I will go out and find something beautiful today and photograph it and share it. Just like I used to take care of the elderly in the nursing home, just as I used to take care of wildlife when I did rehab, just like I did as a little child loving the animals and my family…I will love and help others and animals like I had hoped I would have received from my own family but did not. I have always and will always remain a good person. I don’t know any of you. I don’t know why you’ve done what you’ve done, what your intention is or was, and I no longer care. I will find beauty to offset the ugliness that I have endured. I will continue to live without regret, full of passion and compassion and love and truth. One day, perhaps, you will be capable of the same.
This is the letter that I sent to my brothers and my father and my aunt. But mother, I’d like to leave this specifically for you. I’d like to write directly to you. Since in the past I wrote to my father and you assumed it was about you I want to be perfectly clear that this is for you. No miscommunication. No heresay or gossip. I wrote to my father five years ago and you made a choice. That choice to judge, make it about you, and leave me, destroyed me. The mother I knew my whole life would have come to this house and told me lets talk this out. You should have embraced me. I had just revealed the secrets of my torturous past that you all wanted to know. But you never came. I waited. And I became so angry. I sent back every photo of all of our family. I burned up every memory I could of you. You broke me. And I was angry beyond measure. I stayed angry for years until I realized that I was allowing everyone else’s narrative about me define me and it simply was not true. Like I said…I’ve always been me. You should have stood by my side but you didn’t. Instead you spoke of me to others lovingly and adoringly as if I were not, in reality, just dead to you. That’s what I am. I am dead to you. I went from angry to being so devastatingly sad. I no longer have a mother. A mother who is living and breathing. It is utterly devastating. I’ve seen these animals and the first person I want to all to tell about the owls is you. I’ve called you many times over the years but you never answer. My heart has been so broken to know I have a mother who…I have no idea who you are or what you think. I’ve cried night after night for years. Until I guess I can’t mourn you anymore. And then I hate you because I still love you and want my mother more than anything. Then I hate myself for wanting someone who has made me feel worthless.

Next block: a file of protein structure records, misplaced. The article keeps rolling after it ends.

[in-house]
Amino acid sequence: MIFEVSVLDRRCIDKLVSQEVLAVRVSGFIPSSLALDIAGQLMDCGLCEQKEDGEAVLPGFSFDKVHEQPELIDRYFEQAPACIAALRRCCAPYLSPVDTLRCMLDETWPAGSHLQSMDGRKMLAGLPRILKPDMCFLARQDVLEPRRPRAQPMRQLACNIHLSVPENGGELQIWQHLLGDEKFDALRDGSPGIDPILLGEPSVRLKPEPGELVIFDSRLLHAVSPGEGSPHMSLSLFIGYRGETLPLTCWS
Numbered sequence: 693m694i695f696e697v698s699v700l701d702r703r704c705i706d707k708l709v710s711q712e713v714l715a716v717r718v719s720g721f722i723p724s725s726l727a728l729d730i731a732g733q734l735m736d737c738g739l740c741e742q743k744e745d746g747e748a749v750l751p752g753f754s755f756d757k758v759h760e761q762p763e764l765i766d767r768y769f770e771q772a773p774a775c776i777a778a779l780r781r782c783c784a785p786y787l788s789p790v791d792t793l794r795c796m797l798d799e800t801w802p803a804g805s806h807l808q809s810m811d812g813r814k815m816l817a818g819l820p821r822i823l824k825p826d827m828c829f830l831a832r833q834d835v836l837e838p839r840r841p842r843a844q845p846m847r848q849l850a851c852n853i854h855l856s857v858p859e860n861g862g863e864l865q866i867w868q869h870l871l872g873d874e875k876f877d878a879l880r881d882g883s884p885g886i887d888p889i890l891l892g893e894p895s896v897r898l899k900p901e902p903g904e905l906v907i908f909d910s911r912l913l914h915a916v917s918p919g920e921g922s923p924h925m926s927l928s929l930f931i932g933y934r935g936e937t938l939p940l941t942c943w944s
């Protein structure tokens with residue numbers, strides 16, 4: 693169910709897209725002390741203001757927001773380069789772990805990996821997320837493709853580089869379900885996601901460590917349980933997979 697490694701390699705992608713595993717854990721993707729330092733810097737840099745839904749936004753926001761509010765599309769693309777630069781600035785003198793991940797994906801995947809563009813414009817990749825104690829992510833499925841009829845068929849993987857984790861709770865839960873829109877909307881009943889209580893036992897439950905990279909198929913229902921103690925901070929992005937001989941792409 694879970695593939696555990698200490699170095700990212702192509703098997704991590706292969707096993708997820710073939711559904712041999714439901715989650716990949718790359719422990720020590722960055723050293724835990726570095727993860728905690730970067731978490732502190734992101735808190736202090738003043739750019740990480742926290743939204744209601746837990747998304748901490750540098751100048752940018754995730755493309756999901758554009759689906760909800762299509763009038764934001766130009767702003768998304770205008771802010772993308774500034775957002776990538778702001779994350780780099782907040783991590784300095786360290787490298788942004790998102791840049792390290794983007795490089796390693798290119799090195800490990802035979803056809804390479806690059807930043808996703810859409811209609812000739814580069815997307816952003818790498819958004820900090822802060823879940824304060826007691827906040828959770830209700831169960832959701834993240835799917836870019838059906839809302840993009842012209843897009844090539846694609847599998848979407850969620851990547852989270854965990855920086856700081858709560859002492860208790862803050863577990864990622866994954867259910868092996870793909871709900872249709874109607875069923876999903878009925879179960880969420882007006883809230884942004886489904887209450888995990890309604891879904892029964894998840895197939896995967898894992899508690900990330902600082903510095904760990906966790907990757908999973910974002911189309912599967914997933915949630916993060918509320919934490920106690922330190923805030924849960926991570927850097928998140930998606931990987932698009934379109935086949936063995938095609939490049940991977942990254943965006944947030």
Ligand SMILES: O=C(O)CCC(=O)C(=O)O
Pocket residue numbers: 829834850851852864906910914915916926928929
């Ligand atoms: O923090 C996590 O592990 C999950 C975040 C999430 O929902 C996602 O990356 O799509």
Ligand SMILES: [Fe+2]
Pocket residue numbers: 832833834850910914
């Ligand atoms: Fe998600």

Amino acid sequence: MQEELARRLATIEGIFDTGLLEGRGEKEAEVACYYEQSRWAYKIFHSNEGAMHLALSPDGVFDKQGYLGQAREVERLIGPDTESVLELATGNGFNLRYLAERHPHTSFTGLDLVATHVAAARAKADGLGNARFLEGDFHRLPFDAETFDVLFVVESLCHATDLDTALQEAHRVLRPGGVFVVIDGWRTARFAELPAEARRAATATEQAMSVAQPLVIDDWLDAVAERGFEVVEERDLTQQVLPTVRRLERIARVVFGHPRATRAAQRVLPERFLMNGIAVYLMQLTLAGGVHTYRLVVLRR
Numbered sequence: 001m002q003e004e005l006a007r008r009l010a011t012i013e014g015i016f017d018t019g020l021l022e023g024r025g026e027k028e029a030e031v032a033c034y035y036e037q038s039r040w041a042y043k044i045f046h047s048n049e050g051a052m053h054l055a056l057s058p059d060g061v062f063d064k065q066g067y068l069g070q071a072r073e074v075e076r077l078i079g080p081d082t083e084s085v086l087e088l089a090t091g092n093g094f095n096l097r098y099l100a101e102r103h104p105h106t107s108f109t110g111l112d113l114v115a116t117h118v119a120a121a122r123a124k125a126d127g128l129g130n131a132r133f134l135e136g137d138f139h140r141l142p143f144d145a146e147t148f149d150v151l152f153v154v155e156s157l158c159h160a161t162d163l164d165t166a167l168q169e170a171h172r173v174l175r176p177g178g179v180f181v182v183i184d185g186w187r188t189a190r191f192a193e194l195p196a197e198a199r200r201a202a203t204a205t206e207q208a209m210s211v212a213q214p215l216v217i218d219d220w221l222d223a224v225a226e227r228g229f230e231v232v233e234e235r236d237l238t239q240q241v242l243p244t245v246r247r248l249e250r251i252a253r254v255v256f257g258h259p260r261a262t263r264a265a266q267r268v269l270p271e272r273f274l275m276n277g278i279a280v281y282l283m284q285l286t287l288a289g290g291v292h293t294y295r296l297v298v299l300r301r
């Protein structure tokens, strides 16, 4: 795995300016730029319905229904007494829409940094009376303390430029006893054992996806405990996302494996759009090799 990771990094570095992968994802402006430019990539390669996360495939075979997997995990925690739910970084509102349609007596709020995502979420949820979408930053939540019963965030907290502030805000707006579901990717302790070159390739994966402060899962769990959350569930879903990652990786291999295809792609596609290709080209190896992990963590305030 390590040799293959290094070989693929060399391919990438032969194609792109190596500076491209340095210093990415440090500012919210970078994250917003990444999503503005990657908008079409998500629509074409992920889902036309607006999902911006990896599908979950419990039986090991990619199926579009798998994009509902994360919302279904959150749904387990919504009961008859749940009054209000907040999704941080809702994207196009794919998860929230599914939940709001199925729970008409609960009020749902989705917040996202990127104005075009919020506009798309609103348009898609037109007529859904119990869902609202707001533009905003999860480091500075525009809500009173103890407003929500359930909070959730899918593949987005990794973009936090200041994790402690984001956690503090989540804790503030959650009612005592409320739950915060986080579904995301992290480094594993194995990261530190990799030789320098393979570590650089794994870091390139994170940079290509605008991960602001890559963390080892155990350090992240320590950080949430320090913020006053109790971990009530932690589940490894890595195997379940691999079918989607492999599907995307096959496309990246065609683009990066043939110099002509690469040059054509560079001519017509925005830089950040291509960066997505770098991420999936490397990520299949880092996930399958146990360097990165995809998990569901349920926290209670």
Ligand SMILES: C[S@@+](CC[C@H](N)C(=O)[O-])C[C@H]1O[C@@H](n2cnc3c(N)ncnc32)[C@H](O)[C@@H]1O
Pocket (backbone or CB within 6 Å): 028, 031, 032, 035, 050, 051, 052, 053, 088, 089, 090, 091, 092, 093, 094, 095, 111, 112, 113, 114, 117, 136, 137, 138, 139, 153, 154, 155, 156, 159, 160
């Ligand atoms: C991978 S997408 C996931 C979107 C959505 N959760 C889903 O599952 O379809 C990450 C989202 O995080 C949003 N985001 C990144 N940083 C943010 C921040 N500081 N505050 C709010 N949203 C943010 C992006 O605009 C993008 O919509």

There will never be closure because you closed a book that was only half over. The ending had so manny possibilities. So much room for growth and healing.
I suppose I will mourn you forever. It may be a part of you that doesn’t even exist anymore. That part that sewed my dolls clothes. That part that took me to dinner when I couldn’t drive and took care of my daughter and me so we wouldn’t feel alone. That mother that kissed me goodnight as a child. Those good parts. I don’t know if you have those parts anymore or if you only have them for other People. Please stop talking about me with nostalgia and sentiment to other people and making them think that somehow if I were to just “fix” this then it would be resolved. You and I both know that I’ve never stopped a resolution. It’s odd to know you are dead to your mother. I’d odd to know what to do with that. I’ve tried to overcome the years of abuse and ptsd oh and the diseases I have. But really mom, if anything kills me in the end, it will have been you. Because you were everything to me. And in the last five years it has been made painfully obvious I am nothing to you. I won’t even comment on your poor granddaughter. It’s utterly disgraceful that you as a human being could just cut off that precious child that adored you with all her heart.
Since there will never be closure I just wanted to tell you that I hate you for what you’re done and I will never stop loving you because you are my mom. But God only knows the pain you’ve caused. I wish you’d have chosen differently. You didn’t. And you won’t. So there will be this black hole forever I suppose.
I would die for my daughter. How I have a mother that would not do the same I will never ever understand.
Aside from all of the years of lying and stories and false narratives and illusions I just need to formally say…goodbye. If I am dead to me, I suppose you will have to be dead to me too. Goodbye mother. It was good while it lasted.